Last year, you might remember that I made a few little furniture/decorative pieces for my friend who collects and displays fashion dolls. (Like the Asian inspired shelf, or some of the other Making Miniatures posts)
Well, before covid shut everything down, I used the maker studio’s laser cutter & paper cutter for a few other things as well, and for Christmas 2020 I ended up finishing them off and giving them to my friend as well. (Her Instagram, @CanadianFashionDoll isn’t really being used currently, but maybe she’ll be up and running again?)
I realized when I was about to post about the miniature paper plants I’d made for @CanadianFashionDoll ‘s 2020 Christmas gift, that I’d never blogged about her 2019 gift!
With money in 2020 being so tight, and already having a bunch of these cut out from my time back when the Maker Studio was up and running (it shut down at the beginning of covid and has never re-opened) I decided to make MORE of these paper plants for her in 2020, as I did in 2019.
In 2019, I made her a fern and a spider plant in little faux bronze pots.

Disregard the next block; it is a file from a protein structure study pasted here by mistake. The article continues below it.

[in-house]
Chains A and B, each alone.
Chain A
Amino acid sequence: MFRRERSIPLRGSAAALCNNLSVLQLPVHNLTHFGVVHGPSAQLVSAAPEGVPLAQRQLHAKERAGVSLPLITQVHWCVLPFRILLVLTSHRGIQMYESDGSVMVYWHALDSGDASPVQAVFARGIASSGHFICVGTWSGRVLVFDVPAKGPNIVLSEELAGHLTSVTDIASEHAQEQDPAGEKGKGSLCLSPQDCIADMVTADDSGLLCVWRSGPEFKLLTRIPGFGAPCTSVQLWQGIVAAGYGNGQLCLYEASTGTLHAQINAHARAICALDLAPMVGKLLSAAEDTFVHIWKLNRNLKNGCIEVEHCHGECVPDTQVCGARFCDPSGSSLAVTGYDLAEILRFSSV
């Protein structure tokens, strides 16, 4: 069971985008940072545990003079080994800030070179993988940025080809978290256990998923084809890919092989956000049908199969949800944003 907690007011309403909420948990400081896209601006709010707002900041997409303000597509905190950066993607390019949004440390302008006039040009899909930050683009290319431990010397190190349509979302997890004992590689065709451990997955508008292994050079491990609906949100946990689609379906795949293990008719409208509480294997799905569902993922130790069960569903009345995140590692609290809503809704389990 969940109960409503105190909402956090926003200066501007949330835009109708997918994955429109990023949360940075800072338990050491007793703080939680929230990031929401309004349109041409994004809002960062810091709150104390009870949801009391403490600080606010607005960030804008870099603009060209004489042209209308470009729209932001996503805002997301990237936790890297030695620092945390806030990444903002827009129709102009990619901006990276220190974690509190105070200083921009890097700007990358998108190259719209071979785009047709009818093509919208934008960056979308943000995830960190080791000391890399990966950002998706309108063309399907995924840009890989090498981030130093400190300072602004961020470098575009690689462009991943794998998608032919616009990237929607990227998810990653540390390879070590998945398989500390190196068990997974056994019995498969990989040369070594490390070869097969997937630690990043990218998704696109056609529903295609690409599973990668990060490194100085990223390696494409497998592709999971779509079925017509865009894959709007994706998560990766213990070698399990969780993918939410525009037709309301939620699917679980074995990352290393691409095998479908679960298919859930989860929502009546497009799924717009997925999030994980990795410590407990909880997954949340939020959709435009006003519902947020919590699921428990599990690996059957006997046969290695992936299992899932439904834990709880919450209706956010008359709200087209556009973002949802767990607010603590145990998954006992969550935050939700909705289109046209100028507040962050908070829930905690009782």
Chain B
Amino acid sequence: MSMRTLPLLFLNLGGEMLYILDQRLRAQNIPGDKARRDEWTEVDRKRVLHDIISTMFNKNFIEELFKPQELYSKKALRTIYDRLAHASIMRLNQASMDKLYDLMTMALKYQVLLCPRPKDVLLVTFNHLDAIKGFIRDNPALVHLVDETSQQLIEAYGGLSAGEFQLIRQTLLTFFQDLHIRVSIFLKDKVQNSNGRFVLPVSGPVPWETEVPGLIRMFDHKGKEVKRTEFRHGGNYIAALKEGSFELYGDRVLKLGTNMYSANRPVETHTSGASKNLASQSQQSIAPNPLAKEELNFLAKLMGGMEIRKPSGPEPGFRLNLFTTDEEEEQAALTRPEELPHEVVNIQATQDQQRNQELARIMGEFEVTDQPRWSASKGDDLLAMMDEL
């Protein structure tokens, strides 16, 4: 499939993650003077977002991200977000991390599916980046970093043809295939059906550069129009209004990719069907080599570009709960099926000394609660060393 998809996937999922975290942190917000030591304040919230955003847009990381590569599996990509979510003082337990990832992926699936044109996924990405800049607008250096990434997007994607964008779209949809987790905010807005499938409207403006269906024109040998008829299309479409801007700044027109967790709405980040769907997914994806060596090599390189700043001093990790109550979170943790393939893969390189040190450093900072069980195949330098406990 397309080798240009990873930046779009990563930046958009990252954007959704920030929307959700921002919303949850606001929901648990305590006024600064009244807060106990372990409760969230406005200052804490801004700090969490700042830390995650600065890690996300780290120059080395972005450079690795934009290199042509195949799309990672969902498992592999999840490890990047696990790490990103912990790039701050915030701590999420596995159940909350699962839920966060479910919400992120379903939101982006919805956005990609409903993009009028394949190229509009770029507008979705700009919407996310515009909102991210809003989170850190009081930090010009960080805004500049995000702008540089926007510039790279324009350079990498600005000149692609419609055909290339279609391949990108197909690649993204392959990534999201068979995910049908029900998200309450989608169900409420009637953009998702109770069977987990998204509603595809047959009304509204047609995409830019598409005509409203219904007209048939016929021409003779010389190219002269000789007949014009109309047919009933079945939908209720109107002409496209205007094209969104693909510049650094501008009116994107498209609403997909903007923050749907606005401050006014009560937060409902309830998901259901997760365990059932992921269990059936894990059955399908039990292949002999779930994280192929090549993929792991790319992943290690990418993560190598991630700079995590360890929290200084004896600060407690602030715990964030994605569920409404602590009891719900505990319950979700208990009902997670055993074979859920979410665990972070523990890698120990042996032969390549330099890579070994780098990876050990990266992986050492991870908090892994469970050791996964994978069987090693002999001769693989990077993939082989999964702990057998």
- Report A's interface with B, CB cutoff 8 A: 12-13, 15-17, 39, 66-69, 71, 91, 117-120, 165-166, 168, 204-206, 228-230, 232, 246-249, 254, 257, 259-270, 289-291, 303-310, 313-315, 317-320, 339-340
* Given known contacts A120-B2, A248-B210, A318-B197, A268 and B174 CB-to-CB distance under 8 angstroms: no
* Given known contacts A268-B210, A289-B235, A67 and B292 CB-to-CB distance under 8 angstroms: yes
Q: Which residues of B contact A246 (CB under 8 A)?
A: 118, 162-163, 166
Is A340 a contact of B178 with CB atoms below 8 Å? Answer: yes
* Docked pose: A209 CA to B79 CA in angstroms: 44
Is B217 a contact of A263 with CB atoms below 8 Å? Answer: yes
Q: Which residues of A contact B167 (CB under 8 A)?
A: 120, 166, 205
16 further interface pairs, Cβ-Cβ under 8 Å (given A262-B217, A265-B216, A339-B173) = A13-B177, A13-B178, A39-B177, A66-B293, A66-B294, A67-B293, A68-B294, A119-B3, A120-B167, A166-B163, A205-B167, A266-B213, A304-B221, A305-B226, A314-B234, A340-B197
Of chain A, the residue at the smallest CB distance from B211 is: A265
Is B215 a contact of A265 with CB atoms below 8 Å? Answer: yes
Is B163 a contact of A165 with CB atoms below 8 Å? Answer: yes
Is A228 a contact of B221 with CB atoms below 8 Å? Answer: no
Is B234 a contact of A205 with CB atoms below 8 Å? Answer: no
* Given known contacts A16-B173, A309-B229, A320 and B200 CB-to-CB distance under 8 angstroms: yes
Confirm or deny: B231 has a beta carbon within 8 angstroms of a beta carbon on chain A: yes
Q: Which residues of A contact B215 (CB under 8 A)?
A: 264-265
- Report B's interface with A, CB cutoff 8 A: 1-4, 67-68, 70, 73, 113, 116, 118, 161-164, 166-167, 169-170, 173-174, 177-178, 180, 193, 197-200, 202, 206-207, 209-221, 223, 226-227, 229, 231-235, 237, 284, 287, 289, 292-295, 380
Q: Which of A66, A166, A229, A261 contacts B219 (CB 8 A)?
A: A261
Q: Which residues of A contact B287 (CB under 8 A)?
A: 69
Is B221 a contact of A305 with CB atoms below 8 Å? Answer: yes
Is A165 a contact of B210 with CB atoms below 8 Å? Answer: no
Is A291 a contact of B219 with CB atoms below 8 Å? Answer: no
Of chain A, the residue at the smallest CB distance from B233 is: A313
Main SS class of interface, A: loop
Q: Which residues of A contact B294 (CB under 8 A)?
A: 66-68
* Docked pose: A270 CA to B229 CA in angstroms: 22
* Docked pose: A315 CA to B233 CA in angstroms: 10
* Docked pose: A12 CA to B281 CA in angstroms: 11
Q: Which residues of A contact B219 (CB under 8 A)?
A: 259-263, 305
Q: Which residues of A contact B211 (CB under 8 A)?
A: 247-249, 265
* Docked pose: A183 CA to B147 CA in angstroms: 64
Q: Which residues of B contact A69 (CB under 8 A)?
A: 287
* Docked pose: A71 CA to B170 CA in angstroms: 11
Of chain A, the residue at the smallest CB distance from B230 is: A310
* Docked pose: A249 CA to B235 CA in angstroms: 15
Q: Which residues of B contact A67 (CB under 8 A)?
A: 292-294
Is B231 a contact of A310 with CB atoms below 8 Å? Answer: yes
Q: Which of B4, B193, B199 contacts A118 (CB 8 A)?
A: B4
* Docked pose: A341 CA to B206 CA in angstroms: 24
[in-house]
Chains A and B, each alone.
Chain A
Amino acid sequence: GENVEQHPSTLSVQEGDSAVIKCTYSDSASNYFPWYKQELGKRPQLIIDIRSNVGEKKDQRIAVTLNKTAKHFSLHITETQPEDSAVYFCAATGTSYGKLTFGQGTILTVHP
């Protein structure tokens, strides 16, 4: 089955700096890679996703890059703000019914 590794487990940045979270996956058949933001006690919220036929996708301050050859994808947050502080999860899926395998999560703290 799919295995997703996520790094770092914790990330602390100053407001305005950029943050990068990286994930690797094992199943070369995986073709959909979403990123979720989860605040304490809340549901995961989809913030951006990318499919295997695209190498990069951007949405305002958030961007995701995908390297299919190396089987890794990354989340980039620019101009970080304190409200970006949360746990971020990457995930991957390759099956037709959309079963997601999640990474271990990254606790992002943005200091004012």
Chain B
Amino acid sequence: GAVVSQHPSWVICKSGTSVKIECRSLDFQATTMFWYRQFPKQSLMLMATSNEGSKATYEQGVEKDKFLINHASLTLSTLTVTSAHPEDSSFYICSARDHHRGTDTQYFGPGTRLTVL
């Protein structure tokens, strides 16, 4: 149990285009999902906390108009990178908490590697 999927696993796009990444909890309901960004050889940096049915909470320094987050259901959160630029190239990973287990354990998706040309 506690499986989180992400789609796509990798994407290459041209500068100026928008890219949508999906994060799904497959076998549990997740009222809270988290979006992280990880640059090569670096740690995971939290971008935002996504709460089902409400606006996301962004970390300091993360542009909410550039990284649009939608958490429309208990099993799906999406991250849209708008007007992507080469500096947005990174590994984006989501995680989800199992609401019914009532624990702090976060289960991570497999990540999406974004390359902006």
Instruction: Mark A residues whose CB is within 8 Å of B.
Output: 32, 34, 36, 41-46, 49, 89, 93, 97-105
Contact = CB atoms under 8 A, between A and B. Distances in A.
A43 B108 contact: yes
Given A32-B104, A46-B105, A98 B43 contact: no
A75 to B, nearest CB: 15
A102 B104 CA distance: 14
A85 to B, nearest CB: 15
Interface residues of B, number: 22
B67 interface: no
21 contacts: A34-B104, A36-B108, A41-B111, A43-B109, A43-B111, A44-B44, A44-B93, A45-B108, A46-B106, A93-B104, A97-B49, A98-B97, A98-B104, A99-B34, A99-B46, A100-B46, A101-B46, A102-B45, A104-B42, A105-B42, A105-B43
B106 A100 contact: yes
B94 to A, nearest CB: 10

In 2020 I made two ferns, a monstera plant, another spider plant, and two miniature ivy topiary plants in little white pots with bronze trim.
The way I did the pots and the “potting” of the plants differed between the two years, so I’ll talk a little bit about that here.
So there’s this “Top Nine” trend that happens at the end of every year on Instagram where folks check out the nine most popular (most likes, impressions, etc) posts they made over the year. It made me think of looking at what I’ve been up to the past year – beyond just what made the ‘Top Nine’ on Instagram.
As I was doing my analysis of my German wardrobe in my German Capsule Collection post, I recognized that one of the things I wanted to add to the wardrobe was a hat in a more historically-informed colour.
I have two hats for this period already – a blue-on-blue Tellerbarret, and a teal tweedDockenbaret with ostrich feathers. (Which I referred to as a split-brim hat.) However in portraits the most common colours are red and black, with the occasional white hat appearing as well. I wish I could find ample heaps of affordable red wool, but alas, no such luck…. so black wool it would be!